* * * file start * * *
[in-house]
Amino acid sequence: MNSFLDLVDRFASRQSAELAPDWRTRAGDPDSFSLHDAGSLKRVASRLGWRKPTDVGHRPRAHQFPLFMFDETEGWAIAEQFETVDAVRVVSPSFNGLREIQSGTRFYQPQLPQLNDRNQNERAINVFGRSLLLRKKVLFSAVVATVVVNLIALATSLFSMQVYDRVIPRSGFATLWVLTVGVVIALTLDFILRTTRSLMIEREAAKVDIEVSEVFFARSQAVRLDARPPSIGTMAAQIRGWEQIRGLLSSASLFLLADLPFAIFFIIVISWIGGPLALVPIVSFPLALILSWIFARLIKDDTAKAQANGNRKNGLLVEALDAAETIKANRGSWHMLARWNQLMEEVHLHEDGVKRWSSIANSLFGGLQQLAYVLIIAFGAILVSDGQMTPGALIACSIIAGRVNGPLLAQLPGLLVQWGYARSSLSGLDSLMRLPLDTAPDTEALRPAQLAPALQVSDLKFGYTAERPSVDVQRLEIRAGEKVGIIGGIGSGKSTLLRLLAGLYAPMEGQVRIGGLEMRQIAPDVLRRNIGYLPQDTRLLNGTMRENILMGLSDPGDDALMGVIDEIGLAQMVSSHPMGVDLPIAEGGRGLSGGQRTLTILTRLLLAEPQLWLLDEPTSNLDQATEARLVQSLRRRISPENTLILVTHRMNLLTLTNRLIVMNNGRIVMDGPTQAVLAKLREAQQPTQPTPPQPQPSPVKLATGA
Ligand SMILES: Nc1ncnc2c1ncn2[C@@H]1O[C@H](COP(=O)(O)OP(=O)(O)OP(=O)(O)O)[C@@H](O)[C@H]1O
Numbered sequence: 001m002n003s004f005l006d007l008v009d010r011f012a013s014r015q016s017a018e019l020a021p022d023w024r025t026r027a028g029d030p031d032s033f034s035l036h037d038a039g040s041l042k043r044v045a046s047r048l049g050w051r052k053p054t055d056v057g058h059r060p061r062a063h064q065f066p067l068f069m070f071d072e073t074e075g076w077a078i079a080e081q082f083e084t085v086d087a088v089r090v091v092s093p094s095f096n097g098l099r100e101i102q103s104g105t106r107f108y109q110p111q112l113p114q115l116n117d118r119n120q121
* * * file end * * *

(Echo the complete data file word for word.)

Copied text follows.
[in-house]
Amino acid sequence: MNSFLDLVDRFASRQSAELAPDWRTRAGDPDSFSLHDAGSLKRVASRLGWRKPTDVGHRPRAHQFPLFMFDETEGWAIAEQFETVDAVRVVSPSFNGLREIQSGTRFYQPQLPQLNDRNQNERAINVFGRSLLLRKKVLFSAVVATVVVNLIALATSLFSMQVYDRVIPRSGFATLWVLTVGVVIALTLDFILRTTRSLMIEREAAKVDIEVSEVFFARSQAVRLDARPPSIGTMAAQIRGWEQIRGLLSSASLFLLADLPFAIFFIIVISWIGGPLALVPIVSFPLALILSWIFARLIKDDTAKAQANGNRKNGLLVEALDAAETIKANRGSWHMLARWNQLMEEVHLHEDGVKRWSSIANSLFGGLQQLAYVLIIAFGAILVSDGQMTPGALIACSIIAGRVNGPLLAQLPGLLVQWGYARSSLSGLDSLMRLPLDTAPDTEALRPAQLAPALQVSDLKFGYTAERPSVDVQRLEIRAGEKVGIIGGIGSGKSTLLRLLAGLYAPMEGQVRIGGLEMRQIAPDVLRRNIGYLPQDTRLLNGTMRENILMGLSDPGDDALMGVIDEIGLAQMVSSHPMGVDLPIAEGGRGLSGGQRTLTILTRLLLAEPQLWLLDEPTSNLDQATEARLVQSLRRRISPENTLILVTHRMNLLTLTNRLIVMNNGRIVMDGPTQAVLAKLREAQQPTQPTPPQPQPSPVKLATGA
Ligand SMILES: Nc1ncnc2c1ncn2[C@@H]1O[C@H](COP(=O)(O)OP(=O)(O)OP(=O)(O)O)[C@@H](O)[C@H]1O
Numbered sequence: 001m002n003s004f005l006d007l008v009d010r011f012a013s014r015q016s017a018e019l020a021p022d023w024r025t026r027a028g029d030p031d032s033f034s035l036h037d038a039g040s041l042k043r044v045a046s047r048l049g050w051r052k053p054t055d056v057g058h059r060p061r062a063h064q065f066p067l068f069m070f071d072e073t074e075g076w077a078i079a080e081q082f083e084t085v086d087a088v089r090v091v092s093p094s095f096n097g098l099r100e101i102q103s104g105t106r107f108y109q110p111q112l113p114q115l116n117d118r119n120q121